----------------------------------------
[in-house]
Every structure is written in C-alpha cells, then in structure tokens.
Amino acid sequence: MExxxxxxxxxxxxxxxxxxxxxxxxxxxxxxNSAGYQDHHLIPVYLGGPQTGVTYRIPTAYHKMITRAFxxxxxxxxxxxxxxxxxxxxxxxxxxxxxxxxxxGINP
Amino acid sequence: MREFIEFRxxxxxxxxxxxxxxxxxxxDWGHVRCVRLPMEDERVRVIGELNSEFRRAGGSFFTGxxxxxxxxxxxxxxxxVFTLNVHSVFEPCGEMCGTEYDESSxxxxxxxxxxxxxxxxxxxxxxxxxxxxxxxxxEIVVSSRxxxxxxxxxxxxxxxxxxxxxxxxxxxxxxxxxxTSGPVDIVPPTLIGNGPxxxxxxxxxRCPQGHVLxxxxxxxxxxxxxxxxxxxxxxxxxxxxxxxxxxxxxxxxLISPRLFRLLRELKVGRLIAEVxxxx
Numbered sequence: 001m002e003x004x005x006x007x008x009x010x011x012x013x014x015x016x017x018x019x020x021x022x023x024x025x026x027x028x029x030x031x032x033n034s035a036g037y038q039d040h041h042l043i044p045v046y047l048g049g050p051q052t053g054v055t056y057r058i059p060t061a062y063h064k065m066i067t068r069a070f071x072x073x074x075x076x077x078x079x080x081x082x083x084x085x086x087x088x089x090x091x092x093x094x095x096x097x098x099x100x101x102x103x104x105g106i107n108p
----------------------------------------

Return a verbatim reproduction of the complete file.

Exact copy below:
[in-house]
Every structure is written in C-alpha cells, then in structure tokens.
Amino acid sequence: MExxxxxxxxxxxxxxxxxxxxxxxxxxxxxxNSAGYQDHHLIPVYLGGPQTGVTYRIPTAYHKMITRAFxxxxxxxxxxxxxxxxxxxxxxxxxxxxxxxxxxGINP
Amino acid sequence: MREFIEFRxxxxxxxxxxxxxxxxxxxDWGHVRCVRLPMEDERVRVIGELNSEFRRAGGSFFTGxxxxxxxxxxxxxxxxVFTLNVHSVFEPCGEMCGTEYDESSxxxxxxxxxxxxxxxxxxxxxxxxxxxxxxxxxEIVVSSRxxxxxxxxxxxxxxxxxxxxxxxxxxxxxxxxxxTSGPVDIVPPTLIGNGPxxxxxxxxxRCPQGHVLxxxxxxxxxxxxxxxxxxxxxxxxxxxxxxxxxxxxxxxxLISPRLFRLLRELKVGRLIAEVxxxx
Numbered sequence: 001m002e003x004x005x006x007x008x009x010x011x012x013x014x015x016x017x018x019x020x021x022x023x024x025x026x027x028x029x030x031x032x033n034s035a036g037y038q039d040h041h042l043i044p045v046y047l048g049g050p051q052t053g054v055t056y057r058i059p060t061a062y063h064k065m066i067t068r069a070f071x072x073x074x075x076x077x078x079x080x081x082x083x084x085x086x087x088x089x090x091x092x093x094x095x096x097x098x099x100x101x102x103x104x105g106i107n108p